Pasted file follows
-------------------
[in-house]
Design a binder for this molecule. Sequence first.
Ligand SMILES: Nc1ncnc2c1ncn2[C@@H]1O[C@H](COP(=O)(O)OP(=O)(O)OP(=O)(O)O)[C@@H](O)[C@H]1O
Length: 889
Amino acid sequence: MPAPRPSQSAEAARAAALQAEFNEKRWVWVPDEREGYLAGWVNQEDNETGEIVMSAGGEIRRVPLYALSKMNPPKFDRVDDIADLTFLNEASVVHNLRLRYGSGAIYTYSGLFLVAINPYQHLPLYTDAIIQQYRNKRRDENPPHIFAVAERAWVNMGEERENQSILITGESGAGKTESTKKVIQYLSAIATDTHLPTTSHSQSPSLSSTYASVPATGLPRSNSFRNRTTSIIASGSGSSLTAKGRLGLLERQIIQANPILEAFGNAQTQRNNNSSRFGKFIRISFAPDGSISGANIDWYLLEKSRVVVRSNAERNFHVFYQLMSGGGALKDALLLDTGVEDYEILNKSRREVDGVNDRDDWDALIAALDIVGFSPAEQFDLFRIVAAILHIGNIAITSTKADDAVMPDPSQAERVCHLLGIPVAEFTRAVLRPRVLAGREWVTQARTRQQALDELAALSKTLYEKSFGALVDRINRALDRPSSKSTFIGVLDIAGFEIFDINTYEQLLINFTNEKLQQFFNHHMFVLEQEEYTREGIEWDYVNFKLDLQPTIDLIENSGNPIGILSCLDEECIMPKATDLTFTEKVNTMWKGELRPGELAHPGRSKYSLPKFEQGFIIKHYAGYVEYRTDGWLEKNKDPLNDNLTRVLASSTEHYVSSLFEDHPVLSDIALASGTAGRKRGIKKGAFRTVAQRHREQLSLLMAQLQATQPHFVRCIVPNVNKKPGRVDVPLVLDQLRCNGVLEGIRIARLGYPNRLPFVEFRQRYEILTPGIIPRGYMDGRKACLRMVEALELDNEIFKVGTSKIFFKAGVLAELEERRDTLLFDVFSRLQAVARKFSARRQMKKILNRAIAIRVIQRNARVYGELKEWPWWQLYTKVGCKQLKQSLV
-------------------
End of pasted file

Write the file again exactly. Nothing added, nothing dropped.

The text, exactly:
[in-house]
Design a binder for this molecule. Sequence first.
Ligand SMILES: Nc1ncnc2c1ncn2[C@@H]1O[C@H](COP(=O)(O)OP(=O)(O)OP(=O)(O)O)[C@@H](O)[C@H]1O
Length: 889
Amino acid sequence: MPAPRPSQSAEAARAAALQAEFNEKRWVWVPDEREGYLAGWVNQEDNETGEIVMSAGGEIRRVPLYALSKMNPPKFDRVDDIADLTFLNEASVVHNLRLRYGSGAIYTYSGLFLVAINPYQHLPLYTDAIIQQYRNKRRDENPPHIFAVAERAWVNMGEERENQSILITGESGAGKTESTKKVIQYLSAIATDTHLPTTSHSQSPSLSSTYASVPATGLPRSNSFRNRTTSIIASGSGSSLTAKGRLGLLERQIIQANPILEAFGNAQTQRNNNSSRFGKFIRISFAPDGSISGANIDWYLLEKSRVVVRSNAERNFHVFYQLMSGGGALKDALLLDTGVEDYEILNKSRREVDGVNDRDDWDALIAALDIVGFSPAEQFDLFRIVAAILHIGNIAITSTKADDAVMPDPSQAERVCHLLGIPVAEFTRAVLRPRVLAGREWVTQARTRQQALDELAALSKTLYEKSFGALVDRINRALDRPSSKSTFIGVLDIAGFEIFDINTYEQLLINFTNEKLQQFFNHHMFVLEQEEYTREGIEWDYVNFKLDLQPTIDLIENSGNPIGILSCLDEECIMPKATDLTFTEKVNTMWKGELRPGELAHPGRSKYSLPKFEQGFIIKHYAGYVEYRTDGWLEKNKDPLNDNLTRVLASSTEHYVSSLFEDHPVLSDIALASGTAGRKRGIKKGAFRTVAQRHREQLSLLMAQLQATQPHFVRCIVPNVNKKPGRVDVPLVLDQLRCNGVLEGIRIARLGYPNRLPFVEFRQRYEILTPGIIPRGYMDGRKACLRMVEALELDNEIFKVGTSKIFFKAGVLAELEERRDTLLFDVFSRLQAVARKFSARRQMKKILNRAIAIRVIQRNARVYGELKEWPWWQLYTKVGCKQLKQSLV